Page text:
In the prior arbitration against the owner, the contractor claimed that the architect's acts and omissions caused the contractor to incur additional costs for materials and labor. The arbitrator took into account the problems with the floor height, the structural steel, the duct work, and the punch list, and ordered the owner to pay the contractor damages for additional material and nondelay-based labor costs. In its direct action against the architect, the contractor bases its building-related tort claims (labeled variously, but not entirely plainly, in the complaint as negligent misrepresentation, interference with contractual relations, and tort) upon acts and omissions relating to floor height, structural steel, duct work, plaster, and punch list problems [Note 4].
Similarly, as to the architect's acts and omissions causing delays in the project and consequent additional costs to the contractor, the contractor asserted in the prior arbitration that various incidents involving the architect delayed the project, causing damage to the contractor. The delay claims in the current action are based on essentially the same facts that the contractor relied upon in the prior arbitration, including tardy review of submittals and structural steel drawings, failure to grant time extensions, and issuance of an overinflated punch list which required substantial administrative time to resolve. The arbitrator heard evidence concerning, and assessed responsibility for, certain delays as between the architect and the contractor in connection with floor elevation plan discrepancies and review of structural steel drawings. Such matters were deemed arbitrable and were in fact arbitrated. While awarding damages for additional material and labor costs arising from the architect's faulty performance, however, the arbitrator determined that he had no authority to compensate the contractor for damages specifically due to the architect's delays. He accord-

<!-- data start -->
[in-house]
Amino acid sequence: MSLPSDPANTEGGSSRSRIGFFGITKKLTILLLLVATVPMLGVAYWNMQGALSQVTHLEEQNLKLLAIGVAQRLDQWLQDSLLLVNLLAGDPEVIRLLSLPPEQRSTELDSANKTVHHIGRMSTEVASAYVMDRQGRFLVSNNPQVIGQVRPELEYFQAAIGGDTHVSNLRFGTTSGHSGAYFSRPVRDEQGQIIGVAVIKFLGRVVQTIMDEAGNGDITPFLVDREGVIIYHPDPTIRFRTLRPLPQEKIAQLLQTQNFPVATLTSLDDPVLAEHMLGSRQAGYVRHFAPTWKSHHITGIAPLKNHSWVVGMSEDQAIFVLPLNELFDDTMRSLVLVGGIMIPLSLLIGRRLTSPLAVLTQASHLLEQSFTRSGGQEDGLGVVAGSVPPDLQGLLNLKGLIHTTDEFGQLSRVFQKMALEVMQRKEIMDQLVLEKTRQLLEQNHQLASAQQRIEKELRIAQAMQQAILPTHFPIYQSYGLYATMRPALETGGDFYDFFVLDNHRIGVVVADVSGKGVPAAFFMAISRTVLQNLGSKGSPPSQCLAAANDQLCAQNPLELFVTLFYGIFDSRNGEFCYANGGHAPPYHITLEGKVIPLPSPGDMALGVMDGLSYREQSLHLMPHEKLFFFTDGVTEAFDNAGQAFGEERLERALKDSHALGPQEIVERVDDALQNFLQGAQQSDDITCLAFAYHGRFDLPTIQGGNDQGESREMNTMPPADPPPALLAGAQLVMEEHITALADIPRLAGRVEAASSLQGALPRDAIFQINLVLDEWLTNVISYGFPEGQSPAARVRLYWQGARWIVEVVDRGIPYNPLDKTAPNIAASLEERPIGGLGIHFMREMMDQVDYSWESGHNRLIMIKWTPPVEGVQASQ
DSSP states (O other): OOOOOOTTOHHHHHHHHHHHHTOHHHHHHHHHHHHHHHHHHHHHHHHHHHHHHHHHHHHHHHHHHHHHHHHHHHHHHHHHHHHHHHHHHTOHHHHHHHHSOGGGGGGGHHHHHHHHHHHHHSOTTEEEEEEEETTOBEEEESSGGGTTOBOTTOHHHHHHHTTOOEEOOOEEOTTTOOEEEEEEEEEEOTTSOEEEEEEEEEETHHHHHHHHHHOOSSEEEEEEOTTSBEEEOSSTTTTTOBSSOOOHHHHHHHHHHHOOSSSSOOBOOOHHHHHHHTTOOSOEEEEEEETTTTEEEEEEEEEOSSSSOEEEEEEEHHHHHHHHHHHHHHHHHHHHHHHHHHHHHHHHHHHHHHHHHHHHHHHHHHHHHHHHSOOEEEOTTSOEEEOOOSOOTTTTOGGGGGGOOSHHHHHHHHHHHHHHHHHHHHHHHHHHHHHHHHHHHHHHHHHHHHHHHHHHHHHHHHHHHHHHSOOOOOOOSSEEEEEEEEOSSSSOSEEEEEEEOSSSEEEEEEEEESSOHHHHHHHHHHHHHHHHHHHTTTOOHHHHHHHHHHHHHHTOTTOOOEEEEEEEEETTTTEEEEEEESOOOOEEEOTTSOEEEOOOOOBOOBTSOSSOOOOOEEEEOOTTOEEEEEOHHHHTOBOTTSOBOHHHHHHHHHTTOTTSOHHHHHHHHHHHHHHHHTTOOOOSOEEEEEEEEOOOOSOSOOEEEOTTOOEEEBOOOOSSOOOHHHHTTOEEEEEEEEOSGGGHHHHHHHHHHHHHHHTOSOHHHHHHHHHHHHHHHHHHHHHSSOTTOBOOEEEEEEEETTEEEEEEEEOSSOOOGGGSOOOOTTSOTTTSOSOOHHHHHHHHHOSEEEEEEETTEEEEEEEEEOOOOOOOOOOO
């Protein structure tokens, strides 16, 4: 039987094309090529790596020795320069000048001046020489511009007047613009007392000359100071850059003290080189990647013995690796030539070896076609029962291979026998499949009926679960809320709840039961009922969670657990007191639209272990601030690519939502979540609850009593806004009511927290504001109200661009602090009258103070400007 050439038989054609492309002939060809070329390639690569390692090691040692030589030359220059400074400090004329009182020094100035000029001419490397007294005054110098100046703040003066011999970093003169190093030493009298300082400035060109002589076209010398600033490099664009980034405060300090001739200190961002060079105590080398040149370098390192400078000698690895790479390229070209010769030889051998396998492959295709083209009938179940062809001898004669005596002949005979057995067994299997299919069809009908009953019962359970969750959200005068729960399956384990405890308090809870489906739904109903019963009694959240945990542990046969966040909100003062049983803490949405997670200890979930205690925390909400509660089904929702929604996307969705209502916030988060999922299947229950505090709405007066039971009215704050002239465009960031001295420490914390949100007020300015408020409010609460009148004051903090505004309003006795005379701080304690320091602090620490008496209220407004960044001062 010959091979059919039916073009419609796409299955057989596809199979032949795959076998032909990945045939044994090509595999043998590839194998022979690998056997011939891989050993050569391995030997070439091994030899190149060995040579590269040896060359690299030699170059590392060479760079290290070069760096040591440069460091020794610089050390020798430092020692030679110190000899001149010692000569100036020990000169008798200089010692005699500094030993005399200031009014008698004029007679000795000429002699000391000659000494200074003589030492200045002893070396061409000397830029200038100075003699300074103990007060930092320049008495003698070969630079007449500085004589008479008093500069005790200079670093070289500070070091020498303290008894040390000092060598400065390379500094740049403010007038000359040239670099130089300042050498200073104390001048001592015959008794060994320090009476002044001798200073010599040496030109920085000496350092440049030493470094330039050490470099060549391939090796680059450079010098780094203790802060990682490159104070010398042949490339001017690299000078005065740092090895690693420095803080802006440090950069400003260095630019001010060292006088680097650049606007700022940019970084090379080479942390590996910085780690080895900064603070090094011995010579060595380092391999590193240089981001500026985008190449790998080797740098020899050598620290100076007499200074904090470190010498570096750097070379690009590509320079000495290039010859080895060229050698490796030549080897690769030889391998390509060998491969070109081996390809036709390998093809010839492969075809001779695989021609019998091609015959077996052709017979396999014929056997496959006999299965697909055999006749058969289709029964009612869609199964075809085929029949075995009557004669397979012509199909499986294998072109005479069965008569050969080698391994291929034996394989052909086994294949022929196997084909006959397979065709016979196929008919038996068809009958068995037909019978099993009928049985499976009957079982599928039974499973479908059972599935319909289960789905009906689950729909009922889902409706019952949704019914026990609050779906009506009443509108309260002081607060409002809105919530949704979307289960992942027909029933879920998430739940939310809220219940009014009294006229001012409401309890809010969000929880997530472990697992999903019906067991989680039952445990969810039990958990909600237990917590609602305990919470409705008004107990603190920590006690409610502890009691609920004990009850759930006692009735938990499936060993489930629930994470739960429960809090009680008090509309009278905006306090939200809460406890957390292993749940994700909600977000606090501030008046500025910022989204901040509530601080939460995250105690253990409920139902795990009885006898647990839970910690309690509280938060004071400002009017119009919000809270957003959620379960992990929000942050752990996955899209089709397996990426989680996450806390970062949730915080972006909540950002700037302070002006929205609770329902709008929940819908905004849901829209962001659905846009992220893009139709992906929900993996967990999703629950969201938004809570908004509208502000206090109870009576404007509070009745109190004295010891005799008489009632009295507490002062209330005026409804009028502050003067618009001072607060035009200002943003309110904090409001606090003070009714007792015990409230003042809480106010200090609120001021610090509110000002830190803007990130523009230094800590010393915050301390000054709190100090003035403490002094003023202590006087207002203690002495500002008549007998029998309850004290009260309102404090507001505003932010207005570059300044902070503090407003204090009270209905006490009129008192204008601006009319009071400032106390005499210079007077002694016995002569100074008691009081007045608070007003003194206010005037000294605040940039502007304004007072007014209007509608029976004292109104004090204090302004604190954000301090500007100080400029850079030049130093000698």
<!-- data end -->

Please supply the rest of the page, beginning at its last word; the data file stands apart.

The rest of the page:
ingly did not award "any additional costs associated with the employment of a superintendent and his lost time."